• Several would-be weekend warriors hailing from out-of-state are beginning to voice their trepidation after learning that players are having trouble logging onto Party / Borgata’s software from a Borgata hotel room. Speaking as a player, if I were unable to play online poker while in the very casino that represents the online brand, I’d be hard-pressed to believe that my luck would fare any better from a local Holiday Inn or Mariott.
  • A long inactive petition calling for cash-game tables to be visible from the lobby reemerged from the ashes. My assumption is that Party’s bare-bones approach to the lobby was a premeditated solution meant to combat what’s known in the poker world as “bumhunting.”  And while disallowing pros from preying on the weak is undoubtedly a good thing, not being able to see how many players are at a table, their chip stacks, and a few pertinent table stats seems backwards.
  • Other complaints include issues regarding NJCOP tournament structures, the host of UI glitches that have still yet to be addressed and the occasional software crash.

Amiss Party’s troubles, WSOP excels

Despite WSOP’s controversial decision to adapt a new forum policy following a heated spat between a supposed victim of collusion and Head of Online Poker Bill Rini, the Garden State’s second largest network (and arguably its largest single site) was the only one to actually see its post-NJCOP cash-game volume rise.

In some respect, WSOP gains credibility not for what it’s doing right, but for what other networks are doing wrong.

Case in point: Compared to say a PokerStars, WSOP’s software is hardly worth notice. But relative to NJ’s other poker offerings, it tends toward the more stable and polished side.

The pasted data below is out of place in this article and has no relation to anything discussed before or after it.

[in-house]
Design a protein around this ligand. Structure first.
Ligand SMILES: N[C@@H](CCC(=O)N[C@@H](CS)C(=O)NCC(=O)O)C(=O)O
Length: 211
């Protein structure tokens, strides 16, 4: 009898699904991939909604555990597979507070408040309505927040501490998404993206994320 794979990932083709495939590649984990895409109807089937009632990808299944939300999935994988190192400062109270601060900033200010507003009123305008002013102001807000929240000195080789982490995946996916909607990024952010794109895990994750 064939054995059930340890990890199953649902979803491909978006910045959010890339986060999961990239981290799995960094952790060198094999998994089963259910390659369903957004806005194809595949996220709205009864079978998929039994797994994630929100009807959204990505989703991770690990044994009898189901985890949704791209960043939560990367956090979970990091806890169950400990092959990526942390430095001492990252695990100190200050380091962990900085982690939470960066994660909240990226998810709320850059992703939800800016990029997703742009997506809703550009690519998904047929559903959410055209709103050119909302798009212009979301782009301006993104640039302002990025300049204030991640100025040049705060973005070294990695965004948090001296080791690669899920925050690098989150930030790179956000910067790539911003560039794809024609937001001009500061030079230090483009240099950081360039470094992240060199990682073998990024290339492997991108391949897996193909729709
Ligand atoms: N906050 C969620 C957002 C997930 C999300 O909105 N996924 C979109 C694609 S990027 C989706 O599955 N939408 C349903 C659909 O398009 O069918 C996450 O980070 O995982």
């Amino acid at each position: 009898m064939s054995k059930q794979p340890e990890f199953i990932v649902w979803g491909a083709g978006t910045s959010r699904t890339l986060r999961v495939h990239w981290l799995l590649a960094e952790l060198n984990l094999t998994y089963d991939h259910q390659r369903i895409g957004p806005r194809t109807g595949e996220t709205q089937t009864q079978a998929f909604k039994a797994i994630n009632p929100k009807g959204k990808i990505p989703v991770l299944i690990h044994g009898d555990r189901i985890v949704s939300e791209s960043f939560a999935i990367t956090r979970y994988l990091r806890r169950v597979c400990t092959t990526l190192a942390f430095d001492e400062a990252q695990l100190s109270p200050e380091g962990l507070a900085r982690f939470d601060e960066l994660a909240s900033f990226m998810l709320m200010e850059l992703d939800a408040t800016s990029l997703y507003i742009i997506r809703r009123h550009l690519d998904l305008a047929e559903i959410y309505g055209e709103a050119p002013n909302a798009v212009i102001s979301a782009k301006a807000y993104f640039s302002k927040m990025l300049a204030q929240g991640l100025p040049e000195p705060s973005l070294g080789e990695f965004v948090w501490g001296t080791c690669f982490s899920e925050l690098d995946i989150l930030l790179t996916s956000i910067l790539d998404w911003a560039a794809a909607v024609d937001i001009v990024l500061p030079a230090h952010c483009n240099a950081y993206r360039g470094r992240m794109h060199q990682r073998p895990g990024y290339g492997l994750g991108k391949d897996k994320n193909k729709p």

A few other areas where WSOP excels, if only by adhering to standard industry practices:

  • In addition to its first-time deposit bonus, WSOP is the only network to offer reload bonuses on a somewhat consistent schedule.
  • Sit and Go leaderboards: They’re back – enough said.
  • Along the same lines, WSOP will be awarding players who accumulate the most APPs – WSOP’s equivalent of a frequent player point system – with cash incentives.
  • Rini is still more engaged on the forums than either 888’s or Party’s rep.

Grievances aside, Party is still the place to go for the biggest Sunday tournaments. And I suspect that the favorable turnout numbers for the NJCOP will compel Party to reconsider its mediocre daily schedule.

But overall, the NJCOP did more to expose Party’s deficiencies than it brought in new customers, evidenced by this week’s volume drop-off.

Cash-game report: WSOP trending towards first

According to PokerFuse Pro via PokerScout, 7-day cash-game traffic averages, with week-over-week percentage gains/losses in parenthesis, read as follows:

  • Party Poker NJ: 166 (-4.6 percent)
  • WSOP: 129 (+7.5 percent)
  • AAPN (888poker): 76 (-2.6 percent)
  • Ultimate Poker: 6 (0 percent)
  • New Jersey total: 378 (-0.3 percent)

Global averages were up 0.9 percent.

Should the recent trend continue, WSOP would overtake Party / Borgata for the state’s top spot in a matter of weeks. The presence of the WSOPC at Bally’s newly-minted WSOP-branded poker room and the live WSOP in Vegas in May through July may only facilitate this process.

- Robert DellaFave is a game designer and avid poker player. He writes for several publications centered on legal US online poker and the regulated online gambling industries in New Jersey and Pennsylvania.